There are two movie monsters that have proven to be successful time and time again as Michael Kennedy of Screenrant alludes to, and those are zombies, and vampires. Zombies have been a huge hit ever since Night of the Living Dead first came around while vampires have been popular even longer thanks to the different ways in which they’ve been portrayed. There’s only so many ways to depict a rotting corpse that feeds on flesh, but the state of vampires in pop culture have seen them go from murderous bloodsucking fiends to angsty teens that are hesitant about turning a human due to truce with a clan of yet another band of movie monsters, werewolves. But among the movie monsters vampires could be called elite since they’ve adapted far better than many other monsters have throughout the years. Perhaps it’s due to their ability to blend in with humans so much easier or something else that makes them more appealing, but the simple fact is that they’ve been more widely accepted than anything else. Unfortunately this doesn’t mean that every show or movie is seen as being just as adaptable since the CW still hasn’t pulled the trigger on The Lost Boys as they first attempted to do in 2016.
It doesn’t sound that long ago but with the current rate of how things change in pop culture only four years back is a lifetime since the CW has seen shows come and go in that span and has done what it could with many of them while The Lost Boys has kind of lingered on the fringes, waiting for the final approval but never getting it. The series has been pitched a few times now and a couple of pilots have even been run in order to show just how the progression of the program would take place, but at this point there’s nothing for it since the final word to give the green light hasn’t come yet. There are those that might think this is a good thing since the cult classic has been left alone for so long that it might be better off just being left as it is. The movie did spawn two sequels that were nowhere near as popular and brought Corey Feldman back as Edgar Frog as the main character. Unfortunately neither sequel really did much for the fan base as the original was still considered to be the best. But making it into a movie has sounded like a bad idea since the concept was first brought to light. Kirsten Howard from Den of Geek has more to offer on this subject.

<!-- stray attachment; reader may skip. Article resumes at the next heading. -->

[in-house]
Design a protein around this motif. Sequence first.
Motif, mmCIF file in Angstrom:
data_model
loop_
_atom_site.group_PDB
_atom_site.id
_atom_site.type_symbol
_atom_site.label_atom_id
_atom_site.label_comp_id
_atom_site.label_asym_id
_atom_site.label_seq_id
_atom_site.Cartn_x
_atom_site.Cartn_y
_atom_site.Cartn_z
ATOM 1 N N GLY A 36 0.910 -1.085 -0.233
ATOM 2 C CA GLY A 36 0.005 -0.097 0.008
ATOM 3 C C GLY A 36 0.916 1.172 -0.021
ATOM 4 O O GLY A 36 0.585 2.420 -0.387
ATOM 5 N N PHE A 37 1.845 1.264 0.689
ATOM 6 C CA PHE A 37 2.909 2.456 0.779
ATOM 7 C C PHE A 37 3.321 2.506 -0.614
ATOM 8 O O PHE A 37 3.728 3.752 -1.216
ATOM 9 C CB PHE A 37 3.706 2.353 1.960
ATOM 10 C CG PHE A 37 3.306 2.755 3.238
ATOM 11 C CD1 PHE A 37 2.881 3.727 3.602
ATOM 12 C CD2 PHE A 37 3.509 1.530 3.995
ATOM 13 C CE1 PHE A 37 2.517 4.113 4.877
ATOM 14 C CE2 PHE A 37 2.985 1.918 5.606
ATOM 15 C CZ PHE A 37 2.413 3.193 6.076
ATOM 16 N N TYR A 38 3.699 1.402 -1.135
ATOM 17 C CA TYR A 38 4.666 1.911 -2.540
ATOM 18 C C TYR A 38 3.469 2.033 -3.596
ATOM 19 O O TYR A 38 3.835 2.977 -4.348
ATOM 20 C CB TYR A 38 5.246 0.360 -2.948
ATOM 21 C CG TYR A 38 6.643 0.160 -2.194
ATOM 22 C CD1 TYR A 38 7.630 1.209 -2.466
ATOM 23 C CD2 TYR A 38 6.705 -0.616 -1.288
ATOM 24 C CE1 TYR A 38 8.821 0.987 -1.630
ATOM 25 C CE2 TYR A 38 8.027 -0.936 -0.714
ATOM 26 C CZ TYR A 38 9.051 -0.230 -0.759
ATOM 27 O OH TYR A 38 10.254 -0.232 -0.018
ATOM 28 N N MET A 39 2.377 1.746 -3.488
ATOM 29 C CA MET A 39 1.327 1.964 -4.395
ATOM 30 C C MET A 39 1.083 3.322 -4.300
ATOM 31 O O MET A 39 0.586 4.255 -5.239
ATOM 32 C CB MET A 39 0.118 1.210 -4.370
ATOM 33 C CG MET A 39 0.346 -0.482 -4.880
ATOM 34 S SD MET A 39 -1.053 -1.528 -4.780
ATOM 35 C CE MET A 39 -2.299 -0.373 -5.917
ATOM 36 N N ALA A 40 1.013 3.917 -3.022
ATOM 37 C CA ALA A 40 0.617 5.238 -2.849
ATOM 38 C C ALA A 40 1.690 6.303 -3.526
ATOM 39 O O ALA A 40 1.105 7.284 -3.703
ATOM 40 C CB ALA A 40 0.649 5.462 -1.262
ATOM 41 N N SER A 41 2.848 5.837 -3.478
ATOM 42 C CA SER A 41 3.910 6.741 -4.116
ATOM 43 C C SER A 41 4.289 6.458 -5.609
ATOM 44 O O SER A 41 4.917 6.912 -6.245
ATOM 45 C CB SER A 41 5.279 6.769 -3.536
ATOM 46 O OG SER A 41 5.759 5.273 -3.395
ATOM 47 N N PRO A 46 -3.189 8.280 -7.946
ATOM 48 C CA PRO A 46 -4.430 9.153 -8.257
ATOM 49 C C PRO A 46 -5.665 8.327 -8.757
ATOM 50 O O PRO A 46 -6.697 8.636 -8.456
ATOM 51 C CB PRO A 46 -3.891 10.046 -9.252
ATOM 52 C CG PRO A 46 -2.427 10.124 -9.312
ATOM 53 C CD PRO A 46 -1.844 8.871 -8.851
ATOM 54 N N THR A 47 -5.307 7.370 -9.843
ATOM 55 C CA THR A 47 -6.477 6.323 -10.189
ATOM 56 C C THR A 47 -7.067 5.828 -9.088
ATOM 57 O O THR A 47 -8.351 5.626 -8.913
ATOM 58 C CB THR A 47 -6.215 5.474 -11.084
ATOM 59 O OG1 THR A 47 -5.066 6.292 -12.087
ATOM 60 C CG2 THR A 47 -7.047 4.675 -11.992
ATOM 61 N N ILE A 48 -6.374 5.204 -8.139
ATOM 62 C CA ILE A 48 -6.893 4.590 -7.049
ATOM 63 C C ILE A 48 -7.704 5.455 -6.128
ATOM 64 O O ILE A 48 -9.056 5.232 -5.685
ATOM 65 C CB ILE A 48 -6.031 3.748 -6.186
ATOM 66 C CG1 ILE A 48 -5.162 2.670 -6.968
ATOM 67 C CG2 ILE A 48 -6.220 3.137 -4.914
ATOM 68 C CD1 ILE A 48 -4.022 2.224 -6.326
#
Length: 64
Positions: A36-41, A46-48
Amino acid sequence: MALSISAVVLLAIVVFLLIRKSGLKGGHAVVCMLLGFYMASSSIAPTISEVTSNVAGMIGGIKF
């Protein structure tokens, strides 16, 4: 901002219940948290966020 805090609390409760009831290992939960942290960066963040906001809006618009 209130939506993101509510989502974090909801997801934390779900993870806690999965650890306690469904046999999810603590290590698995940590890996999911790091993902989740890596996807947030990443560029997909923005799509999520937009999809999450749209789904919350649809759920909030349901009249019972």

Whatever creative differences and roadblocks are being thrown up aren’t necessarily a bad thing since this movie was pretty straightforward and despite any and all questions that could be asked it was a fitting beginning and end to a tale that was fairly open-ended since by the time the credits roll the audience found out that David and his bunch weren’t the only vampires in town. This did leave the fate of the main characters kind of uncertain, but that was taken care of during the post credits of one of the sequels when Edgar was seen sitting under a lone streetlamp staring off into the darkness before he told whoever was messing with him to stop playing and come out. That prompted Sam, played once again by Corey Haim prior to his passing, to step into the light and begin a short discussion with Edgar. At the end of this they rushed each other and the assumption is that Edgar prevailed given that there was another movie that came after, and his memories of Sam haunted him just a bit. But the main movie, the one that started it off, feels as though it might be a little discredited if it was portrayed in another manner, even if it wouldn’t be flat out ruined. There’s nothing really sacrosanct about it, The Lost Boys was kind of a campy horror movie that was a product of its time and worked beautifully in the way it was used, but bringing it back now would make it feel too much like another version of The Vampire Diaries or something similar since this is what the CW does with such stories, it romanticizes them in the same way that so many other vampire projects have done throughout the years.
The saving grace of this movie is that it wan’t overly dramatic, it was silly, funny, and still scary and gory enough to be convincing and altogether entertaining given that it wasn’t trying to be anything it wasn’t. This is the kind of vampire movie one watches when they’re tired of the teenage angst and the hauntingly romantic way that vampires dominate others and draw them into their confidence. If you want straight up bloodsucking gore, this was the movie to watch. Unfortunately it doesn’t feel as though this will translate that well to TV.
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